10. Adam Looney & Constantine Yannelis, 2015. "A Crisis in Student Loans? How Changes in the Characteristics of Borrowers and in the Institutions They Attended Contributed to Rising Loan Defaults," Brookings Papers on Economic Activity, Economic Studies Program, The Brookings Institution, vol. 46(2 (Fall)), pages 1-89.
    11. Cass R. Sunstein & Richard H. Thaler, 2003. "Libertarian paternalism is not an oxymoron," Conference Series ; [Proceedings], Federal Reserve Bank of Boston, vol. 48(Jun).
    12. Clifford, Robert & Shoag, Daniel, 2016. ""No More Credit Score": Emplyer Credit Check Bans and Signal Substitution," Working Paper Series 16-008, Harvard University, John F. Kennedy School of Government.
    13. James J. Choi & David Laibson & Brigitte C. Madrian & Andrew Metrick, 2004. "For Better or for Worse: Default Effects and 401(k) Savings Behavior," NBER Chapters, in: Perspectives on the Economics of Aging, pages 81-126, National Bureau of Economic Research, Inc.
    14. Robert J. Gary-Bobo & Alain Trannoy, 2015. "Optimal student loans and graduate tax under moral hazard and adverse selection," RAND Journal of Economics, RAND Corporation, vol. 46(3), pages 546-576, September.
    15. Kyle Herkenhoff, 2016. "The Impact of Consumer Credit Access on Employment, Earnings and Entrepreneurship," 2016 Meeting Papers 781, Society for Economic Dynamics.
    16. Eric P. Bettinger & Bridget Terry Long & Philip Oreopoulos & Lisa Sanbonmatsu, 2009. "The Role of Simplification and Information in College Decisions: Results from the H&R Block FAFSA Experiment," NBER Working Papers 15361, National Bureau of Economic Research, Inc.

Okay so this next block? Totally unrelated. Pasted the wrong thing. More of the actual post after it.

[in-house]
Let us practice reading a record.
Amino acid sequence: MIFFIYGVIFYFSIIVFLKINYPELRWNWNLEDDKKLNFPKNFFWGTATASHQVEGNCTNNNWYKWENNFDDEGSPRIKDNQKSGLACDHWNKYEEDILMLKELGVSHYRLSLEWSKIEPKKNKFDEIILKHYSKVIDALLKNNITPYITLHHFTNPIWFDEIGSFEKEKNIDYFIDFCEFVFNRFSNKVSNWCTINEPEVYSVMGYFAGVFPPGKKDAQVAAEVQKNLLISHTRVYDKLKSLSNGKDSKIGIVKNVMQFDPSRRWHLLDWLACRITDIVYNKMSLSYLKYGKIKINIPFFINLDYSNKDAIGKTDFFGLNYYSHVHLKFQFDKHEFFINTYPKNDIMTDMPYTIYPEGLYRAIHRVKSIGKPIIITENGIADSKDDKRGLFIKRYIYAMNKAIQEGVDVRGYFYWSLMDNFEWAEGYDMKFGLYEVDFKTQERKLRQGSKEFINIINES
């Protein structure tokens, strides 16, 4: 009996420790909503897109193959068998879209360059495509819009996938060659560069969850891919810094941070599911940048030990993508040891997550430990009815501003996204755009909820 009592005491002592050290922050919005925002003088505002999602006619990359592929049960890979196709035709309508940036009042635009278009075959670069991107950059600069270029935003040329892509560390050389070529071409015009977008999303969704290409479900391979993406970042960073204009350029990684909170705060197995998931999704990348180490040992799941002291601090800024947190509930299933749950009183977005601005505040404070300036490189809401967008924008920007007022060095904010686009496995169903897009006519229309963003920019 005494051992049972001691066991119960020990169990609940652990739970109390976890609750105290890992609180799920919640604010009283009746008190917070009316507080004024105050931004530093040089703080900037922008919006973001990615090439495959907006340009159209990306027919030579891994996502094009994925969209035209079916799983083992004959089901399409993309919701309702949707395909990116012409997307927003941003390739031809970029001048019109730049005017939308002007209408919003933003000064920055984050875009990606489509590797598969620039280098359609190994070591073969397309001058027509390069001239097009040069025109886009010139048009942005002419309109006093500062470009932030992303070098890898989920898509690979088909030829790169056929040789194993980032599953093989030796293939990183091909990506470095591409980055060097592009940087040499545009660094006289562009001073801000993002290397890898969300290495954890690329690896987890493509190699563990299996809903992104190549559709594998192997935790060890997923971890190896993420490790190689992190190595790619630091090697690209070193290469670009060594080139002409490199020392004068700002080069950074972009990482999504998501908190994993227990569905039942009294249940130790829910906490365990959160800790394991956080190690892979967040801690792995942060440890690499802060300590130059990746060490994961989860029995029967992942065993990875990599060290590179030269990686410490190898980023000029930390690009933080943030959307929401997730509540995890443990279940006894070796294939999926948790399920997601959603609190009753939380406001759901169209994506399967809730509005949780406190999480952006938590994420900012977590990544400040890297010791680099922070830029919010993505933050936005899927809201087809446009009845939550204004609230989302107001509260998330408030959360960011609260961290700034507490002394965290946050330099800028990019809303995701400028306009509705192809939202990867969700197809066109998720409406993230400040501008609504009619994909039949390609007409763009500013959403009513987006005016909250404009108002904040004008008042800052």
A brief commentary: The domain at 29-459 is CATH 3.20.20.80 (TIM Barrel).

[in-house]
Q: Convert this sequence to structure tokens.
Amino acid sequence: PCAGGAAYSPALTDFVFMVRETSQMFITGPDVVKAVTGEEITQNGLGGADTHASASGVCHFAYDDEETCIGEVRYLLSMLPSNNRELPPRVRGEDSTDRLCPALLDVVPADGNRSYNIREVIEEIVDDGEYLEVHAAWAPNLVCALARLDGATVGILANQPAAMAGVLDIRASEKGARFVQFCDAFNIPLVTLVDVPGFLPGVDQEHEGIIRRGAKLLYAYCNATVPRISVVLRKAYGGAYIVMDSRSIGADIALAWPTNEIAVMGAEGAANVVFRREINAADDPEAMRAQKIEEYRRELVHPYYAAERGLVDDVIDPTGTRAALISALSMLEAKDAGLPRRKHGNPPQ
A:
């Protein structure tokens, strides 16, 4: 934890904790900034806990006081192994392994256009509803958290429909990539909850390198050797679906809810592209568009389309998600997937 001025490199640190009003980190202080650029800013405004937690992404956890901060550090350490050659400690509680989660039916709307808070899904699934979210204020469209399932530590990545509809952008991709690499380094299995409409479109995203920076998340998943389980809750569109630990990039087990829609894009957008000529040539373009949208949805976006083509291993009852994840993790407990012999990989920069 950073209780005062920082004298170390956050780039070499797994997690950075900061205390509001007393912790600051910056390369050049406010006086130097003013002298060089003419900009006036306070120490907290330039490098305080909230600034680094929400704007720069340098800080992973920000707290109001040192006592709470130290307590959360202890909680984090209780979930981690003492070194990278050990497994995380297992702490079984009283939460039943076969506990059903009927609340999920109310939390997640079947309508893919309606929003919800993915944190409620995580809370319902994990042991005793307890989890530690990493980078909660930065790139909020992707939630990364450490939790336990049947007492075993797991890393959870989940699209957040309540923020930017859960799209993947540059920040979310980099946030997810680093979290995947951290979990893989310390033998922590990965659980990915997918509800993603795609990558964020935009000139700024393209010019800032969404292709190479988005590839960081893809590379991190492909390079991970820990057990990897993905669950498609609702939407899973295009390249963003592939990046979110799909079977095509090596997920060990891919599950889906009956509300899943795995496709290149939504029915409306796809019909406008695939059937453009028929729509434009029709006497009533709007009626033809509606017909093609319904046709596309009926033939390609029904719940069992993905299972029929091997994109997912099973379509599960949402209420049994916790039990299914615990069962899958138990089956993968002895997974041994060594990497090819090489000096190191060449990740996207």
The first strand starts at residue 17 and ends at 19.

17. Marieke Bos & Emily Breza & Andres Liberman, 2018. "The Labor Market Effects of Credit Market Information," Review of Financial Studies, Society for Financial Studies, vol. 31(6), pages 2005-2037.
    18. Will Dobbie & Paul Goldsmith‐Pinkham & Neale Mahoney & Jae Song, 2020. "Bad Credit, No Problem? Credit and Labor Market Consequences of Bad Credit Reports," Journal of Finance, American Finance Association, vol. 75(5), pages 2377-2419, October.
    19. Samuelson, William & Zeckhauser, Richard, 1988. "Status Quo Bias in Decision Making," Journal of Risk and Uncertainty, Springer, vol. 1(1), pages 7-59, March.
    20. Rothstein, Jesse & Rouse, Cecilia Elena, 2011. "Constrained after college: Student loans and early-career occupational choices," Journal of Public Economics, Elsevier, vol. 95(1-2), pages 149-163, February.
    21. Benjamin M. Marx & Lesley J. Turner, 2019. "Student Loan Nudges: Experimental Evidence on Borrowing and Educational Attainment," American Economic Journal: Economic Policy, American Economic Association, vol. 11(2), pages 108-141, May.
    22. Alvaro Mezza & Daniel Ringo & Kamila Sommer & Shane Sherlund, 2016. "On the Effect of Student Loans on Access to Homeownership," ERES eres2016_159, European Real Estate Society (ERES).
    23. James J. Choi & David Laibson & Brigitte C. Madrian & Andrew Metrick, 2001. "Defined Contribution Pensions: Plan Rules, Participant Decisions, and the Path of Least Resistance," NBER Working Papers 8655, National Bureau of Economic Research, Inc.
    24. Lochner, L. & Monge-Naranjo, A., 2016. "Student Loans and Repayment," Handbook of the Economics of Education,, Elsevier.
    25. Zachary Bleemer & Meta Brown & Donghoon Lee & Wilbert Van der Klaauw, 2014. "Tuition, jobs, or housing: what's keeping millennials at home?," Staff Reports 700, Federal Reserve Bank of New York.
    26. Robert J. Gary‐bobo & Alain Trannoy, 2015. "Optimal Student Loans and Graduate Tax under Moral Hazard and Adverse Selection," Post-Print hal-03572114, HAL.
    27. Benjamin L. Castleman & Lindsay C. Page, 2016. "Freshman Year Financial Aid Nudges: An Experiment to Increase FAFSA Renewal and College Persistence," Journal of Human Resources, University of Wisconsin Press, vol. 51(2), pages 389-415.
    28. Felicia Ionescu, 2009. "The Federal Student Loan Program: Quantitative Implications for College Enrollment and Default Rates," Review of Economic Dynamics, Elsevier for the Society for Economic Dynamics, vol. 12(1), pages 205-231, January.
    29. Jeffrey R. Kling & Sendhil Mullainathan & Eldar Shafir & Lee C. Vermeulen & Marian V. Wrobel, 2012. "Comparison Friction: Experimental Evidence from Medicare Drug Plans," The Quarterly Journal of Economics, Oxford University Press, vol. 127(1), pages 199-235.